Am J Perinatol 2020; 37(06): 603-606
DOI: 10.1055/s-0039-1683982
Original Article
Thieme Medical Publishers 333 Seventh Avenue, New York, NY 10001, USA.

Severe Anemia Is Associated with Intestinal Injury in Preterm Neonates

1  Department of Neonatology, Etlik Zübeyde Hanım Women's Health Teaching and Research Hospital, Ankara, Turkey
,
Ozge Aydemir
2  Faculty of Medicine, Department of Neonatology, Eskişehir Osmangazi University, Eskisehir, Turkey
,
Dilek Ulubas Isik
1  Department of Neonatology, Etlik Zübeyde Hanım Women's Health Teaching and Research Hospital, Ankara, Turkey
,
Ahmet Yagmur Bas
3  Department of Neonatalogy, Yildirim Beyazit Universty Faculty of Medicine, Ankara, Turkey
,
Nihal Demirel
3  Department of Neonatalogy, Yildirim Beyazit Universty Faculty of Medicine, Ankara, Turkey
› Author Affiliations
Further Information

Publication History

10 November 2018

23 February 2019

Publication Date:
04 April 2019 (online)

Abstract

Objective A temporal relationship has been reported between necrotizing enterocolitis, anemia, and red blood cell transfusion (RBCT) in preterm neonates. However, the mechanism underlying this association is not clearly defined. Intestinal (I-) and liver (L-) fatty acid binding proteins (FABPs) have been proposed as plasma markers for the detection of acute intestinal injury. This study aimed to investigate the effect of anemia and RBCT on intestinal injury in preterm neonates by measuring serum I-FABP and L-FABP levels.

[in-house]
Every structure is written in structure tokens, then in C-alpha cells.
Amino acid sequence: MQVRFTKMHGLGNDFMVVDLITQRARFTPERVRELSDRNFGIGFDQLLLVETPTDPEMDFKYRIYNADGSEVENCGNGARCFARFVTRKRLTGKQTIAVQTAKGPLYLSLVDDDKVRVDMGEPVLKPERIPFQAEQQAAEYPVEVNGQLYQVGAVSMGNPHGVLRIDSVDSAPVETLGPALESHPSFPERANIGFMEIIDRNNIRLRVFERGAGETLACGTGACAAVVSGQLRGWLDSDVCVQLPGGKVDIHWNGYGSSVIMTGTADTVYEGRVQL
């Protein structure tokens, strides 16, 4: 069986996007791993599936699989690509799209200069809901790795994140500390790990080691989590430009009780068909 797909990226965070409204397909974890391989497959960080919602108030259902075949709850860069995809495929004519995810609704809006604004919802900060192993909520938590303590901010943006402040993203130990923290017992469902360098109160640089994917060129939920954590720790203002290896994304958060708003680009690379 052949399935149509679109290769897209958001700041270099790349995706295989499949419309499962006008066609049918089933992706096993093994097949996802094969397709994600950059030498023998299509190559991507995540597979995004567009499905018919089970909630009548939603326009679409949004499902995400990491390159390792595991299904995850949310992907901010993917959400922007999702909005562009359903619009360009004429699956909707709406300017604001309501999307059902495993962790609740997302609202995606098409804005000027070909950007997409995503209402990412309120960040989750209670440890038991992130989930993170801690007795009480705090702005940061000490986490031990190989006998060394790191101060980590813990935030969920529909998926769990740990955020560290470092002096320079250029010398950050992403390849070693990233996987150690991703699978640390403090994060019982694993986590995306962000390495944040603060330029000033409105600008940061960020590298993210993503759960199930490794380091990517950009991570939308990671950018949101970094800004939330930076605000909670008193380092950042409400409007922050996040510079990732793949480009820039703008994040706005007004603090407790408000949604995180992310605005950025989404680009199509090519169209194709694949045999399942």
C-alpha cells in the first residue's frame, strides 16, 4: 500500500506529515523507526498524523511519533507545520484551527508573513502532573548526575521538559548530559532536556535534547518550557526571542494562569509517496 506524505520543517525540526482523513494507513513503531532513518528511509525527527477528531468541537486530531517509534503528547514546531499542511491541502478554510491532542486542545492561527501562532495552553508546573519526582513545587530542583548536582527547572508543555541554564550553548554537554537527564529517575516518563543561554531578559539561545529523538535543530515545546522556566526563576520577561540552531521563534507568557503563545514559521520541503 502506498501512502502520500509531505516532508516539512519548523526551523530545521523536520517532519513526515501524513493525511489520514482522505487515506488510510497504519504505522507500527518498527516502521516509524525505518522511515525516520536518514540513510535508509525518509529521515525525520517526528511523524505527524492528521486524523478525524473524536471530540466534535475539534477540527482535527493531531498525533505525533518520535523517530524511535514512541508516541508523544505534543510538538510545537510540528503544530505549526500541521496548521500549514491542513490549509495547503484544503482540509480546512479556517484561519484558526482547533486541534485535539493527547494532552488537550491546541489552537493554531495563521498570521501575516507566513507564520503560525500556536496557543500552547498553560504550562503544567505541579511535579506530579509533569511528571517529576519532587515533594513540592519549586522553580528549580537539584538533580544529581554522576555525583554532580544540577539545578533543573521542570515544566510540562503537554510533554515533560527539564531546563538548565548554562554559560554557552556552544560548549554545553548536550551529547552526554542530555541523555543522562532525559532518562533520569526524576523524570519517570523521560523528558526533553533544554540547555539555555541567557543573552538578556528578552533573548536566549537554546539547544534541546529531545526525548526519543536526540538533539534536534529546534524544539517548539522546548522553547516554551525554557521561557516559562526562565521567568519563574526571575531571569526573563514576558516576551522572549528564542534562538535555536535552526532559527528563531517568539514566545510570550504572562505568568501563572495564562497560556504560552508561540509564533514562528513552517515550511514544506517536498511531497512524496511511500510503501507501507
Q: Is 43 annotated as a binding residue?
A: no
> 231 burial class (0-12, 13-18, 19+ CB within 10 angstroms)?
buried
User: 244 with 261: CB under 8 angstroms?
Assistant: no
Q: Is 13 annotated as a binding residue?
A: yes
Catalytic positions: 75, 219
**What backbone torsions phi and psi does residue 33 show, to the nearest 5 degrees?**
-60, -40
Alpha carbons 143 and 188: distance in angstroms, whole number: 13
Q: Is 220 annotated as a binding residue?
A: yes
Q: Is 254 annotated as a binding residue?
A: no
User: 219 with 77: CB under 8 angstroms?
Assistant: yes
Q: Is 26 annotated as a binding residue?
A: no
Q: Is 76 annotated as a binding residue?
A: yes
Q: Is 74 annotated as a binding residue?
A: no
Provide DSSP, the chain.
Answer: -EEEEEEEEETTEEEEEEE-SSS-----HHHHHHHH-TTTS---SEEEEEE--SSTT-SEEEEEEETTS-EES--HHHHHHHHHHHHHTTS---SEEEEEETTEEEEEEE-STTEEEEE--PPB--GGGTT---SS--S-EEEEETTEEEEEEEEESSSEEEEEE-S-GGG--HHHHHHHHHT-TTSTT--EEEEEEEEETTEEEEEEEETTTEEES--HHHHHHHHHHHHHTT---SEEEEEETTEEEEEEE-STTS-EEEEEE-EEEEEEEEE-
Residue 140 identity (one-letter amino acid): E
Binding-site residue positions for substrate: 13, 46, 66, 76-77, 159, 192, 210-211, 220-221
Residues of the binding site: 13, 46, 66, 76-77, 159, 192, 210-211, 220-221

Study Design A prospective cohort study including preterm neonates with gestational age <32 weeks and/or birth weight <1,500 g and requiring erythrocyte transfusions for anemia after day 15 of life was conducted. Stable growing preterm infants with hemoglobin values ≥ 10 g/dL were taken as controls. I-FABP and L-FABP levels of the neonates with anemia were compared with levels of the control group. In addition, pretransfusion I-FABP and L-FABP levels of the neonates with anemia were compared with posttransfusion levels.

Results In total, 39 infants transfused for anemia and 20 controls were enrolled. L-FABP levels were significantly higher in neonates with anemia compared with controls (p < 0.001), whereas I-FABP (p = 0.695) was not different. L-FABP and I-FABP levels were similar before and after transfusion in neonates with anemia. L-FABP levels before transfusion were negatively correlated with pretransfusion hemoglobin levels (p < 0.001).

Conclusion Anemia is associated with intestinal injury documented by increased L-FABP levels in preterm infants, and this injury is more severe with lower hemoglobin levels.